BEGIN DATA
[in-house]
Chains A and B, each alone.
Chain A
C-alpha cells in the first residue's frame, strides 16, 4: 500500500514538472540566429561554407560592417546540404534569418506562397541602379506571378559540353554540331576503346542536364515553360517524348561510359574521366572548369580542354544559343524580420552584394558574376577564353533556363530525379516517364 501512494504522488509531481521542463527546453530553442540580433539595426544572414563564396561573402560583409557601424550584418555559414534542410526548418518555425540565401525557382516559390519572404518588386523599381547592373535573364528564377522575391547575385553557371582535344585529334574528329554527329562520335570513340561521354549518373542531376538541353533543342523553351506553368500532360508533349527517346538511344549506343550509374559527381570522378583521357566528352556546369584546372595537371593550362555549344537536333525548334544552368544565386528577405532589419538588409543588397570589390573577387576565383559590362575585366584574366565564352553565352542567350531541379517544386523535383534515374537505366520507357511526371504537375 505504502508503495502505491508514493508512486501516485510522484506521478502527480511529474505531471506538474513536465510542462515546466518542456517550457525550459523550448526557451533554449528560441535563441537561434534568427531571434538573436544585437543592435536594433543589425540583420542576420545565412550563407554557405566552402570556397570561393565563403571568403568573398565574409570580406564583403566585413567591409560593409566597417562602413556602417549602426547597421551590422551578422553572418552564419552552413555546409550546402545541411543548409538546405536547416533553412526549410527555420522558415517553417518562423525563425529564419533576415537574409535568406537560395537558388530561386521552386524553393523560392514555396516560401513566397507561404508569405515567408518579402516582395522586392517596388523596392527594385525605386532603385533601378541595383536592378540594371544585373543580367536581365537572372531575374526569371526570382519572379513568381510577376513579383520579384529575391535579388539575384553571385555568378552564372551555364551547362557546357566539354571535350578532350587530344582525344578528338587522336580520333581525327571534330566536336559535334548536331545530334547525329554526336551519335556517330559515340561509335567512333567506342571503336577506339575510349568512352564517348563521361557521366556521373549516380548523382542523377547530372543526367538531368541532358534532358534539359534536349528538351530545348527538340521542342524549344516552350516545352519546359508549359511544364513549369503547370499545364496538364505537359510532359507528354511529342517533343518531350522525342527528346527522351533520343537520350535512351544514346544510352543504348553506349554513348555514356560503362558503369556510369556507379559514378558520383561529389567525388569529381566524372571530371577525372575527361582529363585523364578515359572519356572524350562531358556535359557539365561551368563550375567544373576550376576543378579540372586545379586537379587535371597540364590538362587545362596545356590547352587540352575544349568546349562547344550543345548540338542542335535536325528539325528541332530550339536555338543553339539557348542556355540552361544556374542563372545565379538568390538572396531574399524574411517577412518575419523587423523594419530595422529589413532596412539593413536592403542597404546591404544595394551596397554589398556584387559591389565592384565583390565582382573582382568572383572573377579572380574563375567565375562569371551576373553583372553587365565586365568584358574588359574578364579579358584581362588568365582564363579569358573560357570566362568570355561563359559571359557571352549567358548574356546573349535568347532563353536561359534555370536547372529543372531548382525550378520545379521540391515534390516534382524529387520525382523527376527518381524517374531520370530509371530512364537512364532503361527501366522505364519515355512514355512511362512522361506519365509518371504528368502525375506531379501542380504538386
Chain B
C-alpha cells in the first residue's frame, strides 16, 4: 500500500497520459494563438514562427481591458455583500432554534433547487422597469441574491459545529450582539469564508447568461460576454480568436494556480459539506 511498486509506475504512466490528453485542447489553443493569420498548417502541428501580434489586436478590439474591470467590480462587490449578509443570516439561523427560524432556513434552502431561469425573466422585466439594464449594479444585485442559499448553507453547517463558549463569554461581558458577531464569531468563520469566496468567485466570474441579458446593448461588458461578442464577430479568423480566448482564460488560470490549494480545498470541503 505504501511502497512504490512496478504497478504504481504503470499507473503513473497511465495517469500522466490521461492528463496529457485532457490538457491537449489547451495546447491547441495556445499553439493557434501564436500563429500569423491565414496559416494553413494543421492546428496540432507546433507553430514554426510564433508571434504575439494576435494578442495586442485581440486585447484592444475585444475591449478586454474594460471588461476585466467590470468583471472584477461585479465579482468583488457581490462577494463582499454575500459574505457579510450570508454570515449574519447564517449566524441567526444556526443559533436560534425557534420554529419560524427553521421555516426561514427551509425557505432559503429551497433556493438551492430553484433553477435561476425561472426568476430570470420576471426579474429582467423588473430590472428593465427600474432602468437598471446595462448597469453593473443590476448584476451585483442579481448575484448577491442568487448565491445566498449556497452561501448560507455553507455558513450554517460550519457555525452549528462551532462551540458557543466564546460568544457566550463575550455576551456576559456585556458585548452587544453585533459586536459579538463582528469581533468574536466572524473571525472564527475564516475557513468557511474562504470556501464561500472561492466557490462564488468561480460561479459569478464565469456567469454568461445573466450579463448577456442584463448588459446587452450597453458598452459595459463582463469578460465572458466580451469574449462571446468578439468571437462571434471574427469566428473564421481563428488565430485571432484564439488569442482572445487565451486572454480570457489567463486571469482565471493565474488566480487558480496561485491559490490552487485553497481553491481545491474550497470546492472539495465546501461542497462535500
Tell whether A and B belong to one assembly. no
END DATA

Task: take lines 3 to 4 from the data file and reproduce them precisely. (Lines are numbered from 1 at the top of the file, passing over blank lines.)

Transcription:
Chain A
C-alpha cells in the first residue's frame, strides 16, 4: 500500500514538472540566429561554407560592417546540404534569418506562397541602379506571378559540353554540331576503346542536364515553360517524348561510359574521366572548369580542354544559343524580420552584394558574376577564353533556363530525379516517364 501512494504522488509531481521542463527546453530553442540580433539595426544572414563564396561573402560583409557601424550584418555559414534542410526548418518555425540565401525557382516559390519572404518588386523599381547592373535573364528564377522575391547575385553557371582535344585529334574528329554527329562520335570513340561521354549518373542531376538541353533543342523553351506553368500532360508533349527517346538511344549506343550509374559527381570522378583521357566528352556546369584546372595537371593550362555549344537536333525548334544552368544565386528577405532589419538588409543588397570589390573577387576565383559590362575585366584574366565564352553565352542567350531541379517544386523535383534515374537505366520507357511526371504537375 505504502508503495502505491508514493508512486501516485510522484506521478502527480511529474505531471506538474513536465510542462515546466518542456517550457525550459523550448526557451533554449528560441535563441537561434534568427531571434538573436544585437543592435536594433543589425540583420542576420545565412550563407554557405566552402570556397570561393565563403571568403568573398565574409570580406564583403566585413567591409560593409566597417562602413556602417549602426547597421551590422551578422553572418552564419552552413555546409550546402545541411543548409538546405536547416533553412526549410527555420522558415517553417518562423525563425529564419533576415537574409535568406537560395537558388530561386521552386524553393523560392514555396516560401513566397507561404508569405515567408518579402516582395522586392517596388523596392527594385525605386532603385533601378541595383536592378540594371544585373543580367536581365537572372531575374526569371526570382519572379513568381510577376513579383520579384529575391535579388539575384553571385555568378552564372551555364551547362557546357566539354571535350578532350587530344582525344578528338587522336580520333581525327571534330566536336559535334548536331545530334547525329554526336551519335556517330559515340561509335567512333567506342571503336577506339575510349568512352564517348563521361557521366556521373549516380548523382542523377547530372543526367538531368541532358534532358534539359534536349528538351530545348527538340521542342524549344516552350516545352519546359508549359511544364513549369503547370499545364496538364505537359510532359507528354511529342517533343518531350522525342527528346527522351533520343537520350535512351544514346544510352543504348553506349554513348555514356560503362558503369556510369556507379559514378558520383561529389567525388569529381566524372571530371577525372575527361582529363585523364578515359572519356572524350562531358556535359557539365561551368563550375567544373576550376576543378579540372586545379586537379587535371597540364590538362587545362596545356590547352587540352575544349568546349562547344550543345548540338542542335535536325528539325528541332530550339536555338543553339539557348542556355540552361544556374542563372545565379538568390538572396531574399524574411517577412518575419523587423523594419530595422529589413532596412539593413536592403542597404546591404544595394551596397554589398556584387559591389565592384565583390565582382573582382568572383572573377579572380574563375567565375562569371551576373553583372553587365565586365568584358574588359574578364579579358584581362588568365582564363579569358573560357570566362568570355561563359559571359557571352549567358548574356546573349535568347532563353536561359534555370536547372529543372531548382525550378520545379521540391515534390516534382524529387520525382523527376527518381524517374531520370530509371530512364537512364532503361527501366522505364519515355512514355512511362512522361506519365509518371504528368502525375506531379501542380504538386